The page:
Pradeep Mutalik

Puzzle Columnist

How well does the Nash equilibrium concept from game theory map to the real world?
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Solution: ‘Triumph or Cooperation in Game Theory and Evolution’

How well does the Nash equilibrium concept from game theory map to the real world?

In applying game theory to biology and human behavior, have scientists focused too much on competition over cooperation?
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How to Triumph and Cooperate in Game Theory and Evolution

In applying game theory to biology and human behavior, have scientists focused too much on competition over cooperation?

When equipped with hidden layers, deep neural networks can accomplish nonlinear feats that are difficult even with sophisticated mathematics.
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Solution: ‘How to Win at Deep Learning’

When equipped with hidden layers, deep neural networks can accomplish nonlinear feats that are difficult even with sophisticated mathematics.

What happens when you increase the number of layers in an artificial neural network?
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How to Win at Deep Learning

What happens when you increase the number of layers in an artificial neural network?

Puzzle solvers rediscovered a simple mathematical result of Mendelian genetics and weighed in on a Richard Dawkins metaphor.
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Solution: ‘Are Genes Selfish or Cooperative?’

Puzzle solvers rediscovered a simple mathematical result of Mendelian genetics and weighed in on a Richard Dawkins metaphor.

Can you discover a simple mathematical result of Mendelian genetics that describes how genes interact with each other?
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Are Genes Selfish or Cooperative?

Can you discover a simple mathematical result of Mendelian genetics that describes how genes interact with each other?

Pradeep Mutalik and Quanta readers explore an open question about prime numbers: What is the lowest valued, longest consecutive sequence of integers that are divisible by a set of prime numbers?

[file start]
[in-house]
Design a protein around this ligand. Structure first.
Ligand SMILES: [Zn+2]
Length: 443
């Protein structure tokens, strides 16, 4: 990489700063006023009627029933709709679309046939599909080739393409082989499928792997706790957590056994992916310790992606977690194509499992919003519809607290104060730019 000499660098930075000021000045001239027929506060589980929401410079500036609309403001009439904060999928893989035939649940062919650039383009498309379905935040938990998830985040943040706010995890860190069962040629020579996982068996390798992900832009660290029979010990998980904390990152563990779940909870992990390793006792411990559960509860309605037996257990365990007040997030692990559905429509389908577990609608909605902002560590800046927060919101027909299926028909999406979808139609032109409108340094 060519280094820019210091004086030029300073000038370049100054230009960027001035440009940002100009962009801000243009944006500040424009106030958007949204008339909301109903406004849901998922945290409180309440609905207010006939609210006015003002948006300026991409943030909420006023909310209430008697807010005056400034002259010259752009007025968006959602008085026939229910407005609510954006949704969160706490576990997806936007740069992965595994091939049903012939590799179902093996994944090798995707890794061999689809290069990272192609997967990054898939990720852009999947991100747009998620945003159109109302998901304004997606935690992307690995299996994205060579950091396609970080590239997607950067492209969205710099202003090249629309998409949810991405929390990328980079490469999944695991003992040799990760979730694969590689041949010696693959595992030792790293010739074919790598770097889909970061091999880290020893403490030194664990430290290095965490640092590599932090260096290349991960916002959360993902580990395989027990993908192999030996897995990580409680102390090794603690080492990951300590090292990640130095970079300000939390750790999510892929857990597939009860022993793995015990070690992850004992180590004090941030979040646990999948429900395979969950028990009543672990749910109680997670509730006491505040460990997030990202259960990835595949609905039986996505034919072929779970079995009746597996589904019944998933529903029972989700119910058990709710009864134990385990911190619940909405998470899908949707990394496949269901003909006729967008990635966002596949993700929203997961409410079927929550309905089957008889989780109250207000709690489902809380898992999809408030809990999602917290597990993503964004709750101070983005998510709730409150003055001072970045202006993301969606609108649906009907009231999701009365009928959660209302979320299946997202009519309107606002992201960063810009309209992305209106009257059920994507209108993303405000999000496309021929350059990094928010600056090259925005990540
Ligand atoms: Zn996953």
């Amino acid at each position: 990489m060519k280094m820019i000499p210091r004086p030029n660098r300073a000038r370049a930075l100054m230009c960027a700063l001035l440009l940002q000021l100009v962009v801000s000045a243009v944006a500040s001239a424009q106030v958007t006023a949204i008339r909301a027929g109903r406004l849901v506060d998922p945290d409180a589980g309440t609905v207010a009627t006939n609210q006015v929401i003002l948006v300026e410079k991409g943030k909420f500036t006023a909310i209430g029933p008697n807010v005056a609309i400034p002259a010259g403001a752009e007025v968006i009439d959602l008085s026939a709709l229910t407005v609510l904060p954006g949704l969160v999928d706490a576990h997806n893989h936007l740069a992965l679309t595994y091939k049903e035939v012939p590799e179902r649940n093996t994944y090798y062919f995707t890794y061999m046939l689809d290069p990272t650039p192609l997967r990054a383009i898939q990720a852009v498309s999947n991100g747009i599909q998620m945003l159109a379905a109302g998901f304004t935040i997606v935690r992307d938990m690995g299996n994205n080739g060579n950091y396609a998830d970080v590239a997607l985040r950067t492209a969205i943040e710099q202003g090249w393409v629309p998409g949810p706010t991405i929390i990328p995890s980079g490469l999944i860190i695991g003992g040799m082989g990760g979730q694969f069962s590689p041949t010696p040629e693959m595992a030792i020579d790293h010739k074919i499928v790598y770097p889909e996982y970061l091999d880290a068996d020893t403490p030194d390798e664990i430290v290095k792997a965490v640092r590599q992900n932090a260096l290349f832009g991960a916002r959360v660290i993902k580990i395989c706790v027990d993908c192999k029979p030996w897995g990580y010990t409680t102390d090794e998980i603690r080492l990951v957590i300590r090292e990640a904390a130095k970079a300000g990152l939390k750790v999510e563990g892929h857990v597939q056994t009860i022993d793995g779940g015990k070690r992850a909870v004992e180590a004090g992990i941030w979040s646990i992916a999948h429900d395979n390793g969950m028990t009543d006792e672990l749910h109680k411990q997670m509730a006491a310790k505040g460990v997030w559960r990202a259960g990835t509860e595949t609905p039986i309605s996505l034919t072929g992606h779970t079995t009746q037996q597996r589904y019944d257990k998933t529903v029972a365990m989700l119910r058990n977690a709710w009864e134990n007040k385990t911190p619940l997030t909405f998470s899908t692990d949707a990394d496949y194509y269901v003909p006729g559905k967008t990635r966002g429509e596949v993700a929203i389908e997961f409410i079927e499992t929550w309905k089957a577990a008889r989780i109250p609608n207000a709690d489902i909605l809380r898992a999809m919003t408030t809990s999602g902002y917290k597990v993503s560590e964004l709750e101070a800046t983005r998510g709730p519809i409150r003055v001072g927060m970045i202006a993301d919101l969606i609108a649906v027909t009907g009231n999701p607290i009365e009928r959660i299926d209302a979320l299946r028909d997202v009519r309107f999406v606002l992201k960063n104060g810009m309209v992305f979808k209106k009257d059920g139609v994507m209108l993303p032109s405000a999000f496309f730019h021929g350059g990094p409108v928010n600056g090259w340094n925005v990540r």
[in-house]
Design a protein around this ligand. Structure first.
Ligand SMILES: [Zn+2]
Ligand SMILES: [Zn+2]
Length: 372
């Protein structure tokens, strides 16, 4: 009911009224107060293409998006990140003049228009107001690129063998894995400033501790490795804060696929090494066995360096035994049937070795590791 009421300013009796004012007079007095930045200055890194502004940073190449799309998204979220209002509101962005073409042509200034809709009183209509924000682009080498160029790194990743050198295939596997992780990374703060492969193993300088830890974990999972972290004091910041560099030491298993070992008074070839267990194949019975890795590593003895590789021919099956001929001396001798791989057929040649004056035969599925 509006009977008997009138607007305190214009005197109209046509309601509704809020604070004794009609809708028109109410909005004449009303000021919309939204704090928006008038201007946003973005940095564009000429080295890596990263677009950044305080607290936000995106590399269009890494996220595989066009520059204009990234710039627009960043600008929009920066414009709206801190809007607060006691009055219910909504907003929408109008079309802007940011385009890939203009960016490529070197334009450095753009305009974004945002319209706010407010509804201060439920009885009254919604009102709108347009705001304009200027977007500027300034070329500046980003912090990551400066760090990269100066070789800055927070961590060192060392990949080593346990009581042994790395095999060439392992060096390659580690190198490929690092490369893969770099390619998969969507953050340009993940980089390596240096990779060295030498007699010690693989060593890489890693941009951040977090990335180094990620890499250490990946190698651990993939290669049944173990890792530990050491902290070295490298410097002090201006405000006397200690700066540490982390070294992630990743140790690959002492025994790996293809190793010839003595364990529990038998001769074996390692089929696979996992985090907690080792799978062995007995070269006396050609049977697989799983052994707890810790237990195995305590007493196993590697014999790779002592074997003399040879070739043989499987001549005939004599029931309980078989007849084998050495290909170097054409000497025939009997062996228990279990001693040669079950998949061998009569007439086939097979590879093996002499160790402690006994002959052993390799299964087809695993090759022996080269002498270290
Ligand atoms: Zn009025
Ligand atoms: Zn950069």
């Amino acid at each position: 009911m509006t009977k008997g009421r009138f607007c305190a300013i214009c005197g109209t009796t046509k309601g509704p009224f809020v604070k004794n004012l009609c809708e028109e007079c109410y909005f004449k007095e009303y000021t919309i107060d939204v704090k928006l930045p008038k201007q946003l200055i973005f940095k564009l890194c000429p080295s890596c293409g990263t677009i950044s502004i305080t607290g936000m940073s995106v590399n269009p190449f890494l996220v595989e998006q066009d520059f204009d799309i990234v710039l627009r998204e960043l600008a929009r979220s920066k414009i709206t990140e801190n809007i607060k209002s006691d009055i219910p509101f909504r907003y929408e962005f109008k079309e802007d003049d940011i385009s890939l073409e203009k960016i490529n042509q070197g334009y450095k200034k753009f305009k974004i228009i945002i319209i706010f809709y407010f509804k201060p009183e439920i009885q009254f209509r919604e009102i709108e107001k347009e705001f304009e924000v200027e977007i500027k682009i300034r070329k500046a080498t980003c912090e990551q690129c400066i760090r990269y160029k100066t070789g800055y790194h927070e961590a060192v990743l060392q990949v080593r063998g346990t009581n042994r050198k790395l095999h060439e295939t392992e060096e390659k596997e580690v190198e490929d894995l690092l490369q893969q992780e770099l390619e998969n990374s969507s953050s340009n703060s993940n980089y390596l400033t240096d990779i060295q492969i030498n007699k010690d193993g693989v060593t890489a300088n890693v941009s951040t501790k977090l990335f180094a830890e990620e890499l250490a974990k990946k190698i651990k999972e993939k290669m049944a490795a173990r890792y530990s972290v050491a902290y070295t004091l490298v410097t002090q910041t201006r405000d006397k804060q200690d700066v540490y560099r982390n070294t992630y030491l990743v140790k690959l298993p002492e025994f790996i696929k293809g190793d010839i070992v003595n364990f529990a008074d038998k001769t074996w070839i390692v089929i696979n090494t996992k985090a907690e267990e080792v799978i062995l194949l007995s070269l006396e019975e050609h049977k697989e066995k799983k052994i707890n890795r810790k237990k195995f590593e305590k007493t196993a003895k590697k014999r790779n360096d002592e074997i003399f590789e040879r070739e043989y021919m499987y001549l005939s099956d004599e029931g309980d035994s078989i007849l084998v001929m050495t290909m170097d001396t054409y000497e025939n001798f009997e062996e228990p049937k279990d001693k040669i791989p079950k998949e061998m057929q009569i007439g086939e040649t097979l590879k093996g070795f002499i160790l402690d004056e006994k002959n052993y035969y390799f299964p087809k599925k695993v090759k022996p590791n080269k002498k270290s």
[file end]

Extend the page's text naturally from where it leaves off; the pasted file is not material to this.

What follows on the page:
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Solution: ‘The Prime Rib Problem’

Pradeep Mutalik and Quanta readers explore an open question about prime numbers: What is the lowest valued, longest consecutive sequence of integers that are divisible by a set of prime numbers?

Prime numbers are endlessly fascinating to number theorists and math enthusiasts. This month’s puzzle explores primes by cooking up a whimsical dish of grilled snake ribs.
insights puzzle

The Prime Rib Problem

Prime numbers are endlessly fascinating to number theorists and math enthusiasts. This month’s puzzle explores primes by cooking up a whimsical dish of grilled snake ribs.

The mathematical concept of parity and the fatal flaw of serial multiplication can help explain why having two sexes usually works better than having one or three.
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Solution: ‘Why Are There Two Sexes?’

The mathematical concept of parity and the fatal flaw of serial multiplication can help explain why having two sexes usually works better than having one or three.

About the author

Pradeep Mutalik is a medical research scientist at the Yale Center for Medical Informatics and a lifelong puzzle enthusiast. He has published work in neurophysiology, animal behavior, artificial intelligence, radiology and consciousness. He wrote puzzle columns for The New York Times from 2009 to 2012 and curated the Enigma Cafe at the National Museum of Mathematics from 2012 to 2013.